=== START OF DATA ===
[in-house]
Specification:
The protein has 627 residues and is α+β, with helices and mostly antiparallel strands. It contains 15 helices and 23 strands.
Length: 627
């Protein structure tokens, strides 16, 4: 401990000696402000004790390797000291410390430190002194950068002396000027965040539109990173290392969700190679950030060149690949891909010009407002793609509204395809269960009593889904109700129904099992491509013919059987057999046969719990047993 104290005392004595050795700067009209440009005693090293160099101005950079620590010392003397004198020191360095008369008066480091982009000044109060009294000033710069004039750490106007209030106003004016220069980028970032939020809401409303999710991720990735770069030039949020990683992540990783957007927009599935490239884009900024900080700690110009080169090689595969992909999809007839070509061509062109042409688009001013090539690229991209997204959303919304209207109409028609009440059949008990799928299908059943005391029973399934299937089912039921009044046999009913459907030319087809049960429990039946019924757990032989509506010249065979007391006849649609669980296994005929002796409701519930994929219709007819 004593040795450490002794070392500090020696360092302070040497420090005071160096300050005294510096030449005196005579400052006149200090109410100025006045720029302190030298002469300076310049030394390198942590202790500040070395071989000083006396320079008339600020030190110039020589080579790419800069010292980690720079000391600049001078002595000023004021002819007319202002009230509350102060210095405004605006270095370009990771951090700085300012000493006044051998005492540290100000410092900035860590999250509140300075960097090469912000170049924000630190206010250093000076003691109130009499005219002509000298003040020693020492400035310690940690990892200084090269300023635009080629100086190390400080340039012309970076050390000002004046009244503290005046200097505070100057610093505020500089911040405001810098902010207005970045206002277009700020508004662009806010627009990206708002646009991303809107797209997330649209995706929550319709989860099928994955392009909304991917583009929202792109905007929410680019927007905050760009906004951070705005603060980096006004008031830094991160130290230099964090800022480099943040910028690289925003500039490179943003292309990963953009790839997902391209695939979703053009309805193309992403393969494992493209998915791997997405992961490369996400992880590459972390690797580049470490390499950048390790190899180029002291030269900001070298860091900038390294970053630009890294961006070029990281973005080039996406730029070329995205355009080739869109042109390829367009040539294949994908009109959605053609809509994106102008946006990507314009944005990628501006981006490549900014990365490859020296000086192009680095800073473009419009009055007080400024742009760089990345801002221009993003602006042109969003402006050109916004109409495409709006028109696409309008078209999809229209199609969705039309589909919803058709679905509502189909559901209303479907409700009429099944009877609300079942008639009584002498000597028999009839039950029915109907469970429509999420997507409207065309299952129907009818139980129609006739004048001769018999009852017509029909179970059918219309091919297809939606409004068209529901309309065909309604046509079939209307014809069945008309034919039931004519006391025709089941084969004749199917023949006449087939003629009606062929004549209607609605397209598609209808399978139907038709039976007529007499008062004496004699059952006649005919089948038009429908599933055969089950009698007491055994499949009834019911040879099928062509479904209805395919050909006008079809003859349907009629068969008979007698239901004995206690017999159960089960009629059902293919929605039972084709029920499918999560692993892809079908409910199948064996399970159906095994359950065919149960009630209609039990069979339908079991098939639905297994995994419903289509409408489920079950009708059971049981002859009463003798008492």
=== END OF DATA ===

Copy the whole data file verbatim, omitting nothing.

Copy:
[in-house]
Specification:
The protein has 627 residues and is α+β, with helices and mostly antiparallel strands. It contains 15 helices and 23 strands.
Length: 627
């Protein structure tokens, strides 16, 4: 401990000696402000004790390797000291410390430190002194950068002396000027965040539109990173290392969700190679950030060149690949891909010009407002793609509204395809269960009593889904109700129904099992491509013919059987057999046969719990047993 104290005392004595050795700067009209440009005693090293160099101005950079620590010392003397004198020191360095008369008066480091982009000044109060009294000033710069004039750490106007209030106003004016220069980028970032939020809401409303999710991720990735770069030039949020990683992540990783957007927009599935490239884009900024900080700690110009080169090689595969992909999809007839070509061509062109042409688009001013090539690229991209997204959303919304209207109409028609009440059949008990799928299908059943005391029973399934299937089912039921009044046999009913459907030319087809049960429990039946019924757990032989509506010249065979007391006849649609669980296994005929002796409701519930994929219709007819 004593040795450490002794070392500090020696360092302070040497420090005071160096300050005294510096030449005196005579400052006149200090109410100025006045720029302190030298002469300076310049030394390198942590202790500040070395071989000083006396320079008339600020030190110039020589080579790419800069010292980690720079000391600049001078002595000023004021002819007319202002009230509350102060210095405004605006270095370009990771951090700085300012000493006044051998005492540290100000410092900035860590999250509140300075960097090469912000170049924000630190206010250093000076003691109130009499005219002509000298003040020693020492400035310690940690990892200084090269300023635009080629100086190390400080340039012309970076050390000002004046009244503290005046200097505070100057610093505020500089911040405001810098902010207005970045206002277009700020508004662009806010627009990206708002646009991303809107797209997330649209995706929550319709989860099928994955392009909304991917583009929202792109905007929410680019927007905050760009906004951070705005603060980096006004008031830094991160130290230099964090800022480099943040910028690289925003500039490179943003292309990963953009790839997902391209695939979703053009309805193309992403393969494992493209998915791997997405992961490369996400992880590459972390690797580049470490390499950048390790190899180029002291030269900001070298860091900038390294970053630009890294961006070029990281973005080039996406730029070329995205355009080739869109042109390829367009040539294949994908009109959605053609809509994106102008946006990507314009944005990628501006981006490549900014990365490859020296000086192009680095800073473009419009009055007080400024742009760089990345801002221009993003602006042109969003402006050109916004109409495409709006028109696409309008078209999809229209199609969705039309589909919803058709679905509502189909559901209303479907409700009429099944009877609300079942008639009584002498000597028999009839039950029915109907469970429509999420997507409207065309299952129907009818139980129609006739004048001769018999009852017509029909179970059918219309091919297809939606409004068209529901309309065909309604046509079939209307014809069945008309034919039931004519006391025709089941084969004749199917023949006449087939003629009606062929004549209607609605397209598609209808399978139907038709039976007529007499008062004496004699059952006649005919089948038009429908599933055969089950009698007491055994499949009834019911040879099928062509479904209805395919050909006008079809003859349907009629068969008979007698239901004995206690017999159960089960009629059902293919929605039972084709029920499918999560692993892809079908409910199948064996399970159906095994359950065919149960009630209609039990069979339908079991098939639905297994995994419903289509409408489920079950009708059971049981002859009463003798008492």